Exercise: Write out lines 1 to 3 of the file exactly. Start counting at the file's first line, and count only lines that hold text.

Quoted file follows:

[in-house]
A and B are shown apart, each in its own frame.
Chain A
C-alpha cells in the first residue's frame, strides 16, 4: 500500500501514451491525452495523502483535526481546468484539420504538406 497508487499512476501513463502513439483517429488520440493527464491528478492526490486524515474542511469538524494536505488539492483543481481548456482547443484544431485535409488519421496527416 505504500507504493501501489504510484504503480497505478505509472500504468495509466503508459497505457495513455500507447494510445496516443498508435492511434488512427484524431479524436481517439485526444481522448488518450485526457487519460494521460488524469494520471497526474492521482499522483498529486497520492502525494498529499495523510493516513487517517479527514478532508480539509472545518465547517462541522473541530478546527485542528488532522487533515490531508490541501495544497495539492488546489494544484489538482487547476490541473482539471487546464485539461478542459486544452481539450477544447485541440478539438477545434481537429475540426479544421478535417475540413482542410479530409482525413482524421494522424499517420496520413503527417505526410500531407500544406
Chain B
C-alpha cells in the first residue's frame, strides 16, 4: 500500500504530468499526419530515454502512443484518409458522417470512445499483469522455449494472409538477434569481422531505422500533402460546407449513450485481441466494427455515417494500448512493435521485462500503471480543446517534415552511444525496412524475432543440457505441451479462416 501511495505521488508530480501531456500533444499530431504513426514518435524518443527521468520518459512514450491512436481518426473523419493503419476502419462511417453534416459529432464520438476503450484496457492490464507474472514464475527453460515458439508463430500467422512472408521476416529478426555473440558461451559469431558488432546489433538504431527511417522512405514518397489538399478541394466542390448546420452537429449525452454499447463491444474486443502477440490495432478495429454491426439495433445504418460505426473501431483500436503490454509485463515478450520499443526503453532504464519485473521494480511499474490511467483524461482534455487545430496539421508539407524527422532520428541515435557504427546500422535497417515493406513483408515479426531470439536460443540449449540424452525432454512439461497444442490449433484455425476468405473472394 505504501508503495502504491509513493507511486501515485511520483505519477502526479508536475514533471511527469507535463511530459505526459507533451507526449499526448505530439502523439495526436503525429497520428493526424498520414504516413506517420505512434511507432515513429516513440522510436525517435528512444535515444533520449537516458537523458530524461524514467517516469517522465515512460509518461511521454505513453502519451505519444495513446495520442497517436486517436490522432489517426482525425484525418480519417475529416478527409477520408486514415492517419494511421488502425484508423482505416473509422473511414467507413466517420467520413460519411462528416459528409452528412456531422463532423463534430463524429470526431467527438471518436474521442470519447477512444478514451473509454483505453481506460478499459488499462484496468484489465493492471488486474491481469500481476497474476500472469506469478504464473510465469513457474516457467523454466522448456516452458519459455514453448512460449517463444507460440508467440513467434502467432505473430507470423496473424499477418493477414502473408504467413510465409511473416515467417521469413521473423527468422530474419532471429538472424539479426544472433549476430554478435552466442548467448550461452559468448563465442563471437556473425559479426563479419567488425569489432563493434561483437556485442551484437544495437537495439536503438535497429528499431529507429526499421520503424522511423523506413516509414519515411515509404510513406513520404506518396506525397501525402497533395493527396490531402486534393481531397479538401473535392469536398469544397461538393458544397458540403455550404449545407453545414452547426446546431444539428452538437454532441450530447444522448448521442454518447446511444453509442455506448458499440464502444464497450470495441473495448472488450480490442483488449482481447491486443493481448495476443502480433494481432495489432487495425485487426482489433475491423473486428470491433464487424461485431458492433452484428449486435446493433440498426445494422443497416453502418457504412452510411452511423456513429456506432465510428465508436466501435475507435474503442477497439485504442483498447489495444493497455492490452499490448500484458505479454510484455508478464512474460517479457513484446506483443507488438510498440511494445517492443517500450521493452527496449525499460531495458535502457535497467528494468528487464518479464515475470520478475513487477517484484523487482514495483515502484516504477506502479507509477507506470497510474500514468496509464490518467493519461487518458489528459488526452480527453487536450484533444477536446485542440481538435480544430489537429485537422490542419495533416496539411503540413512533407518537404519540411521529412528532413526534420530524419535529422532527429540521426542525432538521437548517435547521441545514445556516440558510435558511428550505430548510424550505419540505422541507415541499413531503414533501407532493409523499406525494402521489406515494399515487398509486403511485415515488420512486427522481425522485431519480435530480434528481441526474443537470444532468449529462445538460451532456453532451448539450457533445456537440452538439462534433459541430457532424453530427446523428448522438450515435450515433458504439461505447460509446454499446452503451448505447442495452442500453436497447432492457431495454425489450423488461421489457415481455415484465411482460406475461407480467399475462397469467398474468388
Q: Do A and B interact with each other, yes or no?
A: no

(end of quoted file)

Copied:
[in-house]
A and B are shown apart, each in its own frame.
Chain A